If we allow subtraction as well we can use Francois's idea (and the same set of numbers) to show that $N_{b+r-2} \ge ((2b - 1) ^ r - 1)/2$ when $b \ge 2, r \ge 1$.

Even with only addition and multiplication, we obtain (roughly) $N_k \ge (\epsilon k)^{(1-\epsilon) k}$ for $k$ large given $\epsilon > 0$, and hence $\log N_k \ge (1-\epsilon) k \log k$ when $k$ is large given $\epsilon$. So $\log N_k \sim k \log k$.

The next question to ask is whether $N_k^{1/k}/k$ has a limit, and if so, what is is. We have proven that $\limsup N_k^{1/k}/k \le 16$, but we have not even proven that $\liminf N_k^{1/k}/k > -\infty$.

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Very nice lower bound ! Could you explain in more detail the argument with the Catalan number for the upper bound ? (I had found the crude upper bound $N_k = O(2^k (k!)^2)$, but maybe I wasn't careful enough.) –  François Brunault Apr 12 '11 at 17:36
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For example, with the numbers 1, 2, 3, and 4, in order, and the operation *, there are five ways that we can enter them into an RPN calculator: 1 2 * 3 * 4 *, 1 2 3 * * 4 *, 1 2 * 3 4 * *, 1 2 3 * 4 * *, and 1 2 3 4 * * *. In general, there must always be more numbers inputted into the calculator than there are operations applied: this condition is what gives us the Catalan numbers. –  Jeremy Kahn Apr 14 '11 at 0:31
    
@Jeremy Kahn: Thanks for the detailed explanation. In fact I used a different argument, but now I realize that your method gives a better upper bound. –  François Brunault Apr 14 '11 at 11:20
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For convenience, we write $(a_1, \ldots, a_k) \le (b_1, \ldots, b_k)$ when $a_i \le b_i$ for each $i$. When $k = 3$, the solution $(2, 3, 10)$ is optimal among $(n_1, n_2, n_3) \le (10, 20, 100)$. For $k = 4$, you can make $1 \ldots 79$ with $(2, 3, 5, 33)$. This is optimal for $(n_1, n_2, n_3, n_4) \le (2, 4, 6, 50)$. These results were obtained with a perl script I wrote that you can find at www.math.sunysb.edu/~kahn/countdown. The last result, for example, was obtained by running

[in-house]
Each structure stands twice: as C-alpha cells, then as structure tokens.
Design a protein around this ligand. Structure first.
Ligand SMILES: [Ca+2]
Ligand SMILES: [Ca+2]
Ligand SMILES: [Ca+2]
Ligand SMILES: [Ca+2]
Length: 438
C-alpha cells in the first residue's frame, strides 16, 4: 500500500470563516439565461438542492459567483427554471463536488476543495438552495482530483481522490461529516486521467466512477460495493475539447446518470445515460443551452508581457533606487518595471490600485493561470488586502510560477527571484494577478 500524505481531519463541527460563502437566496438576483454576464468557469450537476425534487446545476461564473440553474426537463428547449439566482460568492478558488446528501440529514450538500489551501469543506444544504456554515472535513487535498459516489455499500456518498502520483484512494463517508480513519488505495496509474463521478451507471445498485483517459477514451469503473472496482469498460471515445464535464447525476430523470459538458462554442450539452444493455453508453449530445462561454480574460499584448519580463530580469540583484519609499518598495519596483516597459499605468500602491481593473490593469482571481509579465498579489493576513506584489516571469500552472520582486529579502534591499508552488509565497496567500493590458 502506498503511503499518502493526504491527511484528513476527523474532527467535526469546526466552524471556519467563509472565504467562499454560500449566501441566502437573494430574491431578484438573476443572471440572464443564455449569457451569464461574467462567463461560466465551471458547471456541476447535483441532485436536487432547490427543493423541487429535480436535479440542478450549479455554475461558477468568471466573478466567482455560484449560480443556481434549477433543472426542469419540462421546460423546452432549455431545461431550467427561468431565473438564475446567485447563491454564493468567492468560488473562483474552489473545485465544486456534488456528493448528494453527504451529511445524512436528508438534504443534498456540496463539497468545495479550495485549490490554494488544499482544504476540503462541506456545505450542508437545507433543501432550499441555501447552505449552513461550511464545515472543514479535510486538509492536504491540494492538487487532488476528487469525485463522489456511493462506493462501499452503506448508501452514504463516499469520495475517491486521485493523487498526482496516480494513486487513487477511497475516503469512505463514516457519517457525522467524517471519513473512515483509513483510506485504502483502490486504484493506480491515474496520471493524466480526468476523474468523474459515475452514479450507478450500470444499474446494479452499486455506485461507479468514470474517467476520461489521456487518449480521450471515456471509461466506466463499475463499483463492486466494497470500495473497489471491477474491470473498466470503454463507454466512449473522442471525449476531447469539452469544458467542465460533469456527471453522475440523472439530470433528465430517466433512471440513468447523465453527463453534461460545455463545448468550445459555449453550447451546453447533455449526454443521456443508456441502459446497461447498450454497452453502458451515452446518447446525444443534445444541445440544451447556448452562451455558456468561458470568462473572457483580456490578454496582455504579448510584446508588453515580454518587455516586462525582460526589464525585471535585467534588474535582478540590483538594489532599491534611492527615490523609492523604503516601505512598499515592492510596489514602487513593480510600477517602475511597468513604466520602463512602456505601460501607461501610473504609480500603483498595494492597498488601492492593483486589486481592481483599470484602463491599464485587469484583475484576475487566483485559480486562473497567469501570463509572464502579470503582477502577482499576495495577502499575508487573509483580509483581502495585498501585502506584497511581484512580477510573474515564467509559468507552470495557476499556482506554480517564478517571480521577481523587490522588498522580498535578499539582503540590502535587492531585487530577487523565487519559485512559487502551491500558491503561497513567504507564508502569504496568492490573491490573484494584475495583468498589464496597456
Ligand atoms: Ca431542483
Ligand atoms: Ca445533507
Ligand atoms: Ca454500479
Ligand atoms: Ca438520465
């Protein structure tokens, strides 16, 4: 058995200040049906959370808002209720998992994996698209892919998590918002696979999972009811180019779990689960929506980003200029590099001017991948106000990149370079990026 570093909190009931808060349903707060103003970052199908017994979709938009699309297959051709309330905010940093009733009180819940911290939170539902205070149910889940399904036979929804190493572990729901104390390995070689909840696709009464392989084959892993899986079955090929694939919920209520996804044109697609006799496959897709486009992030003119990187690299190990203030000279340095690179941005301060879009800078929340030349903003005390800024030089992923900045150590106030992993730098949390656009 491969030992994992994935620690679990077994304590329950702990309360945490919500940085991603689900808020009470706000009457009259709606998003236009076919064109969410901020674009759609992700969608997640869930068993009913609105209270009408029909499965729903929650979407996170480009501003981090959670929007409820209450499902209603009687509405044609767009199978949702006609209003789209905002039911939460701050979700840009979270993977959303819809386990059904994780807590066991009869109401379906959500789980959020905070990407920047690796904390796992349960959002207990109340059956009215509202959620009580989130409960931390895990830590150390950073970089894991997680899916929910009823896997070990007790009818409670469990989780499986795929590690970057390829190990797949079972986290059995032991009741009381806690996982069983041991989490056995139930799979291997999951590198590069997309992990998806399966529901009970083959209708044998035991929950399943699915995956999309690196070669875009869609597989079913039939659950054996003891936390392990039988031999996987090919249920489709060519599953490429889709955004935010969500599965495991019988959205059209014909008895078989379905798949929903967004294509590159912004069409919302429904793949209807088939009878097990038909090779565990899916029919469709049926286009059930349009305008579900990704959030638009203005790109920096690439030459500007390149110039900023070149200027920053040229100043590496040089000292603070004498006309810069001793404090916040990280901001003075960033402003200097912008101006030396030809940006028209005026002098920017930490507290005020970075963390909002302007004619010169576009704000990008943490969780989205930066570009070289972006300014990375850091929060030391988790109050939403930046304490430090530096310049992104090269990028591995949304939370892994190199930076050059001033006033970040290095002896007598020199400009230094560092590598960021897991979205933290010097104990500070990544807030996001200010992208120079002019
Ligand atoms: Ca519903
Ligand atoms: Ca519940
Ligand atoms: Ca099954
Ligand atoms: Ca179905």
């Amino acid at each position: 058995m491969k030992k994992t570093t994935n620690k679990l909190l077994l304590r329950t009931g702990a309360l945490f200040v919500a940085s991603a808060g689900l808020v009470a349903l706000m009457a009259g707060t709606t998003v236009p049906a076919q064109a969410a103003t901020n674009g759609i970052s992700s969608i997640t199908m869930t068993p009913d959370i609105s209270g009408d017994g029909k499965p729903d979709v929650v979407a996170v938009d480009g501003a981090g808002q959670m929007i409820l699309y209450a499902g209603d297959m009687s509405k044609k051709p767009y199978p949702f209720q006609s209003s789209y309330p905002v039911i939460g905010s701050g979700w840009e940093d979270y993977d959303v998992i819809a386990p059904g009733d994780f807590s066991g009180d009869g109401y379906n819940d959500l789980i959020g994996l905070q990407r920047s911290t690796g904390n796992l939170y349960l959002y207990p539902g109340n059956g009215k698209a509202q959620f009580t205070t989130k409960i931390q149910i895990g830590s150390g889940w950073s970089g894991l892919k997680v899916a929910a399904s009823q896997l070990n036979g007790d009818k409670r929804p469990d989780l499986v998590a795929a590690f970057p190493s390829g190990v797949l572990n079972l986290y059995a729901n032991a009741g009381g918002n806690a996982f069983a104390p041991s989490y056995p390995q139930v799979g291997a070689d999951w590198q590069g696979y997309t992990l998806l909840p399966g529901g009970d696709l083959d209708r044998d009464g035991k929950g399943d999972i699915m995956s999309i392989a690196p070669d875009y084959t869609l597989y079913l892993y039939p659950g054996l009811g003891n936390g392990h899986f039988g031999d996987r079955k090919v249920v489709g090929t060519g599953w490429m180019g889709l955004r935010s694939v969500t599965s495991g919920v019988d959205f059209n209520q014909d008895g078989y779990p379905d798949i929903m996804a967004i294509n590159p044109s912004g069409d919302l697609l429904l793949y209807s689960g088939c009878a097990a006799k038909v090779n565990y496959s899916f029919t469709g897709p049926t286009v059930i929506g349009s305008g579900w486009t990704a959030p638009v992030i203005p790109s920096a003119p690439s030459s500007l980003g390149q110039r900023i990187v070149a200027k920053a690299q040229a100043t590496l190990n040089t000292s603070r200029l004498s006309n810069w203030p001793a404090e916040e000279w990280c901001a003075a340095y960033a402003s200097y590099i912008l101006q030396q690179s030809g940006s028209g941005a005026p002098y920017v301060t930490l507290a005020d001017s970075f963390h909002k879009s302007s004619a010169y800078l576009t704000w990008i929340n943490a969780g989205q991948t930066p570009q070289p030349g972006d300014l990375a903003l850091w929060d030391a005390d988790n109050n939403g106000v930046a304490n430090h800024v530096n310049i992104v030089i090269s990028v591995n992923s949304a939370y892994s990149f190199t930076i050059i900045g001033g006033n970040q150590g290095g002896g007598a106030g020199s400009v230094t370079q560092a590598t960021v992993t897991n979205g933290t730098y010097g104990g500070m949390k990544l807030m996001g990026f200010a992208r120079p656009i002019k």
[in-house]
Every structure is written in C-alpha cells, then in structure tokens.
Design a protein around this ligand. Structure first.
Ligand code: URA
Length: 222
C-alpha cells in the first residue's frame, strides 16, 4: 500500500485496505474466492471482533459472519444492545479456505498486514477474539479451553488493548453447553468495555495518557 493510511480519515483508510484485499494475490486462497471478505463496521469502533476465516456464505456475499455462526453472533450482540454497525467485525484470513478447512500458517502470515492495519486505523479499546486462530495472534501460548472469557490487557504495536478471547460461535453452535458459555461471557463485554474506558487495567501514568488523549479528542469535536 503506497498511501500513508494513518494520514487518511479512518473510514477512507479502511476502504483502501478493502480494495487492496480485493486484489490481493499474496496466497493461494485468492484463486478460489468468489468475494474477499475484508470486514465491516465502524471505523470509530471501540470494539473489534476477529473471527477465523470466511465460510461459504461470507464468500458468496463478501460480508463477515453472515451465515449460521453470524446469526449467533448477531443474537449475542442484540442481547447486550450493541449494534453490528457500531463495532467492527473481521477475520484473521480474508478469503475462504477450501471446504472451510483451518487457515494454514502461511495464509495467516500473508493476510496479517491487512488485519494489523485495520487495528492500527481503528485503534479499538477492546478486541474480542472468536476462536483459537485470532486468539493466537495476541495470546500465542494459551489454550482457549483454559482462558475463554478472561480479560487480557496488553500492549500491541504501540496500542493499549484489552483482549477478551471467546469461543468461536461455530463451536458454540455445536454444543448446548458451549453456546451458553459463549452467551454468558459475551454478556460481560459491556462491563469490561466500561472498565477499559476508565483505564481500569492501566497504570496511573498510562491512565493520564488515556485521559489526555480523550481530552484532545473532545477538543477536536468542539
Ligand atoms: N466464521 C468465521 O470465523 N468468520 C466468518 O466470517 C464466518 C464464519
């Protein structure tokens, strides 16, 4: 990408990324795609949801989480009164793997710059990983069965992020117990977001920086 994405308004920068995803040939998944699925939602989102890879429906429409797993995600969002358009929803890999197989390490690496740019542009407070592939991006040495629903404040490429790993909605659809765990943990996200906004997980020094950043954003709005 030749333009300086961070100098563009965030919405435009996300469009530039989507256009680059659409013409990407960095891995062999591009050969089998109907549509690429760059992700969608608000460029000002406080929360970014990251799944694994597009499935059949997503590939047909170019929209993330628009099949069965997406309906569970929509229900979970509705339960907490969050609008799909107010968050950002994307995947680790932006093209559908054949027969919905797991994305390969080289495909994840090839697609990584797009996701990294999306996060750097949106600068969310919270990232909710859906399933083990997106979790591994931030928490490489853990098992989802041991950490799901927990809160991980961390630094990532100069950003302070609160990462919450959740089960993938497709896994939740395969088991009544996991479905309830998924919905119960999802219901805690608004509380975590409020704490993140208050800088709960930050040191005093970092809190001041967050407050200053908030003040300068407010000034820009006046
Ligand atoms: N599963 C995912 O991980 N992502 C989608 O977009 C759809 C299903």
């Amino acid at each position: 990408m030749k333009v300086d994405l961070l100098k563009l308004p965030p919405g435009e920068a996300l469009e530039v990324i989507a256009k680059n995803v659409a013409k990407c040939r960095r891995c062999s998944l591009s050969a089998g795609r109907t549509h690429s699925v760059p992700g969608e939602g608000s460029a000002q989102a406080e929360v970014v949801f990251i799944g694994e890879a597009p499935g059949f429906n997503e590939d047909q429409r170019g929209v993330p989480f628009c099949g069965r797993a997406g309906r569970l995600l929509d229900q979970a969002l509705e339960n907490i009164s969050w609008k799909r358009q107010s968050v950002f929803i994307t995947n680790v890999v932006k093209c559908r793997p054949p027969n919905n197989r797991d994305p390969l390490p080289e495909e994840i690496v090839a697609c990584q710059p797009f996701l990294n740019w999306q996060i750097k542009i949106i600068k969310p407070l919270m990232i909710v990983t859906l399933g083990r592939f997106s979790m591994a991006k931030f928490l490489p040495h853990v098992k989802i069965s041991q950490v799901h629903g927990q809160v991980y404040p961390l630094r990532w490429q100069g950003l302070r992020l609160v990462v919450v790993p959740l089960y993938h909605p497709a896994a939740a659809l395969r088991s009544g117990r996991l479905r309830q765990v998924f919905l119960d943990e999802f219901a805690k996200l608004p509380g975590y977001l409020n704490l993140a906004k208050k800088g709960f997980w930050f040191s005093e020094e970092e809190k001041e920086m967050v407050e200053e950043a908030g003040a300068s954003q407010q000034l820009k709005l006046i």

countdown 2 4 6 50

and took 7 minutes to run on my MacBook Pro.

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It may be worth noting that these numbers are not unique. For example, (2,3,10), (2,3,14), (2,6,11) and (2,6,13) all give 17. –  user11235 Apr 8 '11 at 20:39
    
(2,3,15,37) gives 84 –  user11235 Apr 9 '11 at 11:05
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(2, 3, 14, 60) gives 86. This is optimal for $(n_1, n_2, n_3, n_4) \le (5, 10, 20, 100)$. –  Jeremy Kahn Apr 9 '11 at 23:20
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Up to $k=4$ the best known solutions seem to form a chain : (2,3), (2,3,14) and (2,3,14,60)... –  François Brunault Apr 11 '11 at 16:54
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The last results I got using my program CEB are: - For k=5, the best solution $(n_1,n_2,n_3,n_4,n_5)$ ≤ (200,200,200,200,200) is (2,3,4,63,152) and we can get all numbers up to $N_5$=450. - For k=6, the best solution $(n_1,n_2,n_3,n_4,n_5,n_6)$ ≤ (10,20,30,40,50,80) is (2,3,24,37,47,66) and we can get all numbers up to $N_6$ = 3398.

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Gilles Bannay informed me of the following results he has found :

  1. For $k=4$, the solution $(2,3,14,60)$ is optimal for $(n_1,n_2,n_3,n_4) \leq (4,8,80,80)$.
  2. For $k=5$, the solution $(2,3,4,63,152)$ gives all numbers up to $450$.
  3. For $k=6$, the solution $(2,3,3,11,136,180)$ gives all numbers up to $2003$.
  4. Using the original rules from the French TV game, the $6$-tuple $(1,2,3,4,10,100)$ gives all numbers up to $1281$ (which answers my question in a comment).

He obtained these results using his program CEB, which can be downloaded here (the page is in English and contains a detailed explanation of all the options). He has added an option in order to search for the best $k$-tuples. For example, the result 1. above was found by typing :

> CEB -g -b1 -e10000 -a4 4 8 80 80
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Using Gilles Bannay's program, it took only approximately 3 minutes (!) to test all $6$-tuples $(n_1,\ldots,n_6)$ with $n_i \in \{1,2,3,4,5,6,7,8,9,10,25,50,75,100\}$. The best $6$-tuple is $(2,3,5,8,9,100)$, for which $N_6=1912$. –  François Brunault Apr 13 '11 at 14:37